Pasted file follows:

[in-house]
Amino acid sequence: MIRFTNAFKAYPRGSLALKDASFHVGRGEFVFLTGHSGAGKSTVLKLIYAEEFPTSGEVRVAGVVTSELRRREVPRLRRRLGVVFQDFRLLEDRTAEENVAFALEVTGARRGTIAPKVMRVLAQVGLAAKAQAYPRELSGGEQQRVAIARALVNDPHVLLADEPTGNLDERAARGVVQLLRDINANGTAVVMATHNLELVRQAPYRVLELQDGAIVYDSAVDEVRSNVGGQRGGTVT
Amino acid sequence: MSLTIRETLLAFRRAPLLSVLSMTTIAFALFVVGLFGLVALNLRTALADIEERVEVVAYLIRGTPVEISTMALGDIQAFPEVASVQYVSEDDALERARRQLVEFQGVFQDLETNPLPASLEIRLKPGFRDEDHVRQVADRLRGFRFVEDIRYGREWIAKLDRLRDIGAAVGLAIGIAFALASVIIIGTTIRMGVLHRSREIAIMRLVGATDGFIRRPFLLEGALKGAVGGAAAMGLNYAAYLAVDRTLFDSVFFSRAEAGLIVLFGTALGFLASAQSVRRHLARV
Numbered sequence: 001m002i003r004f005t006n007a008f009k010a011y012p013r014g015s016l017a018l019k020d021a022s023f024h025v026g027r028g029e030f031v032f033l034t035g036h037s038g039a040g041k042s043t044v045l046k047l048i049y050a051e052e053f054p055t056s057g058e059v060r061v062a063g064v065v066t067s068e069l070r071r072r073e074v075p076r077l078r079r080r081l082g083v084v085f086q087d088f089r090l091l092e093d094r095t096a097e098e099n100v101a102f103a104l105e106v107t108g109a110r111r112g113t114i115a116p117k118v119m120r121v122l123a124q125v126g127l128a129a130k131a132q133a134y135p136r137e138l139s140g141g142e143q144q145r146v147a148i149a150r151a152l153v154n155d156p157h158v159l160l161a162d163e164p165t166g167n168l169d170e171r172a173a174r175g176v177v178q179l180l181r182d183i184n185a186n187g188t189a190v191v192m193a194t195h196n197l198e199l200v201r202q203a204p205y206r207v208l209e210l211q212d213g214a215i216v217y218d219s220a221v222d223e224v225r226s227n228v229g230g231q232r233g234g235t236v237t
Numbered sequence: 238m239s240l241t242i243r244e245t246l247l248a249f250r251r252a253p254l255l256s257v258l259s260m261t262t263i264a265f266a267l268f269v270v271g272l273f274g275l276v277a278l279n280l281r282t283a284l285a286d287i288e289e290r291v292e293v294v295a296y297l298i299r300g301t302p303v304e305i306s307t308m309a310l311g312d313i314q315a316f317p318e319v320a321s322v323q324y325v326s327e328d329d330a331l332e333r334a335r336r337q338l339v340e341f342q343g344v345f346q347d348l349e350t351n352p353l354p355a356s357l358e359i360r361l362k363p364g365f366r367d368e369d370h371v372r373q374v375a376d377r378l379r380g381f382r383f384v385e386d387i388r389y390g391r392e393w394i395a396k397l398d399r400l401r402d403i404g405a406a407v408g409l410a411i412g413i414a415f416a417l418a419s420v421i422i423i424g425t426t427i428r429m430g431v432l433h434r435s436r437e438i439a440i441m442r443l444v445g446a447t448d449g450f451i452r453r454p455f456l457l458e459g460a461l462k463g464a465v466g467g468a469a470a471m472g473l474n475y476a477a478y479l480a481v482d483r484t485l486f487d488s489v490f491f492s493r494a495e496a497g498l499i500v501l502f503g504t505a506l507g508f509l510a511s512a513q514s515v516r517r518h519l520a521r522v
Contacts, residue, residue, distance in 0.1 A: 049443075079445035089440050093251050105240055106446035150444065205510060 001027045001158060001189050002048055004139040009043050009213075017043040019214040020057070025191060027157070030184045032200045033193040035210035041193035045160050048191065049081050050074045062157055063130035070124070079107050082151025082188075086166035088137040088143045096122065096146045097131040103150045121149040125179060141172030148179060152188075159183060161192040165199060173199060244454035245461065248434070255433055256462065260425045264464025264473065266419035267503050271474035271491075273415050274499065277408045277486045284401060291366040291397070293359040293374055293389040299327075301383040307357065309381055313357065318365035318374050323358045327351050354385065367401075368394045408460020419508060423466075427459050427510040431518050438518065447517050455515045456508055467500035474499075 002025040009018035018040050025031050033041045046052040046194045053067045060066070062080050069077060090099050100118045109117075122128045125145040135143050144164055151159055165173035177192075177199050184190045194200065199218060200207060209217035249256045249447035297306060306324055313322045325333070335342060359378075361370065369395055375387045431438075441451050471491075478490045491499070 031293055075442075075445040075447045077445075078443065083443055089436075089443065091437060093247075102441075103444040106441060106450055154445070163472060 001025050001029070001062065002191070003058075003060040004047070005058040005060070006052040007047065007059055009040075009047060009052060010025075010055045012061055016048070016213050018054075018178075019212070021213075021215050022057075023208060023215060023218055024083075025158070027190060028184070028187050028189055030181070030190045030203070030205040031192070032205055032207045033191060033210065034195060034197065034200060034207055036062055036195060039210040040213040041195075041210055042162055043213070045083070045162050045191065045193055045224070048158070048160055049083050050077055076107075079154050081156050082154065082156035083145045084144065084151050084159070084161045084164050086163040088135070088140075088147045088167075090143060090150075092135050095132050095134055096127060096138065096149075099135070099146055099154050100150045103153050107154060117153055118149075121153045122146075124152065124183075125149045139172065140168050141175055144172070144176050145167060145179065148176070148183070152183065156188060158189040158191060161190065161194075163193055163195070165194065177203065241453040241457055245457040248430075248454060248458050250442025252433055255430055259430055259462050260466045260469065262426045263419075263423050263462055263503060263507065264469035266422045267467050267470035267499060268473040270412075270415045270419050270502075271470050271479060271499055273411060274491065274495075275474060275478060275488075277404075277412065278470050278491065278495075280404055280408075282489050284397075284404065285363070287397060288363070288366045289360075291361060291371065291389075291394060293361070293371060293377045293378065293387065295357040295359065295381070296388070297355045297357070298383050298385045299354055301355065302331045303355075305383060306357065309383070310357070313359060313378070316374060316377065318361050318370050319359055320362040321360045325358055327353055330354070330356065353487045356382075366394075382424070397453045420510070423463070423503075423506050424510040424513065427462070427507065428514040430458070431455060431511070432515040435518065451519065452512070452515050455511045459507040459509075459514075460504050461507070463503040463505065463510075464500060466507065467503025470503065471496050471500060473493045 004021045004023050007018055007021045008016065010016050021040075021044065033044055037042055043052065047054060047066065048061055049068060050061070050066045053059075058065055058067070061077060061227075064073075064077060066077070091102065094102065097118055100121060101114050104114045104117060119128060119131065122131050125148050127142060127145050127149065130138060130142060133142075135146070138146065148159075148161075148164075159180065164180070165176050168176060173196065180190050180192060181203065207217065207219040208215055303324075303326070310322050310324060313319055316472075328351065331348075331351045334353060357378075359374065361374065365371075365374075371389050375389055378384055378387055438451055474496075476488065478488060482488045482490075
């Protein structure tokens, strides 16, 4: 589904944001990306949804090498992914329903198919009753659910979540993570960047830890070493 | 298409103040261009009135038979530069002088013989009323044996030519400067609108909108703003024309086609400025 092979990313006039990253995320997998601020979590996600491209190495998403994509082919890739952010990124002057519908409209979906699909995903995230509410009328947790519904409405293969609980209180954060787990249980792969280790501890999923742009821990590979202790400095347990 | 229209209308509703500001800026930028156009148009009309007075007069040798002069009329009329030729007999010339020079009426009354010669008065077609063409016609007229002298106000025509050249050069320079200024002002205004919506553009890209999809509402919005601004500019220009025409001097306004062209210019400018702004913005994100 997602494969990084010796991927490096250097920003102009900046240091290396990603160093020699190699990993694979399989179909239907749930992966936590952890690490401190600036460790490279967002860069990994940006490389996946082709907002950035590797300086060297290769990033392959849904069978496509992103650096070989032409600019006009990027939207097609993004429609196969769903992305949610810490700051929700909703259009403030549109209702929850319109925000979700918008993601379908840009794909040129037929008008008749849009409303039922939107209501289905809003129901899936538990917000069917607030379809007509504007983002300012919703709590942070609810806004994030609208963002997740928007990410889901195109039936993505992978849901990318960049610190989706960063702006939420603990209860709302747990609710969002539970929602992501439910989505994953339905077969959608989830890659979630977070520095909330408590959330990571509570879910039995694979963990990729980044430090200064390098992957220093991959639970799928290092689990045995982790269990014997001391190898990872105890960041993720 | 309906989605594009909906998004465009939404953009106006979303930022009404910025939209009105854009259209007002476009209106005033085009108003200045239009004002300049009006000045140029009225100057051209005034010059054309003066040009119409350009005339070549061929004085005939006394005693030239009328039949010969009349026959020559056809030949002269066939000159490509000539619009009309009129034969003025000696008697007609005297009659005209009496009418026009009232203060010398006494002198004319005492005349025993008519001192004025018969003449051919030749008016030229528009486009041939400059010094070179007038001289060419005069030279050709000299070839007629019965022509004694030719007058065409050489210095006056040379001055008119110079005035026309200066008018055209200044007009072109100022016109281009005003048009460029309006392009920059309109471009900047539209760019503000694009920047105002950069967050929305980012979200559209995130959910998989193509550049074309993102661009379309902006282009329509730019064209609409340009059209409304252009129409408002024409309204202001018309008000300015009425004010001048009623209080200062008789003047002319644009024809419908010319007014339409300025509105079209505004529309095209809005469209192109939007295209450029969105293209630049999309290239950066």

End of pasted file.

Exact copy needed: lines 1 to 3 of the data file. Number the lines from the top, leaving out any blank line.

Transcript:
[in-house]
Amino acid sequence: MIRFTNAFKAYPRGSLALKDASFHVGRGEFVFLTGHSGAGKSTVLKLIYAEEFPTSGEVRVAGVVTSELRRREVPRLRRRLGVVFQDFRLLEDRTAEENVAFALEVTGARRGTIAPKVMRVLAQVGLAAKAQAYPRELSGGEQQRVAIARALVNDPHVLLADEPTGNLDERAARGVVQLLRDINANGTAVVMATHNLELVRQAPYRVLELQDGAIVYDSAVDEVRSNVGGQRGGTVT
Amino acid sequence: MSLTIRETLLAFRRAPLLSVLSMTTIAFALFVVGLFGLVALNLRTALADIEERVEVVAYLIRGTPVEISTMALGDIQAFPEVASVQYVSEDDALERARRQLVEFQGVFQDLETNPLPASLEIRLKPGFRDEDHVRQVADRLRGFRFVEDIRYGREWIAKLDRLRDIGAAVGLAIGIAFALASVIIIGTTIRMGVLHRSREIAIMRLVGATDGFIRRPFLLEGALKGAVGGAAAMGLNYAAYLAVDRTLFDSVFFSRAEAGLIVLFGTALGFLASAQSVRRHLARV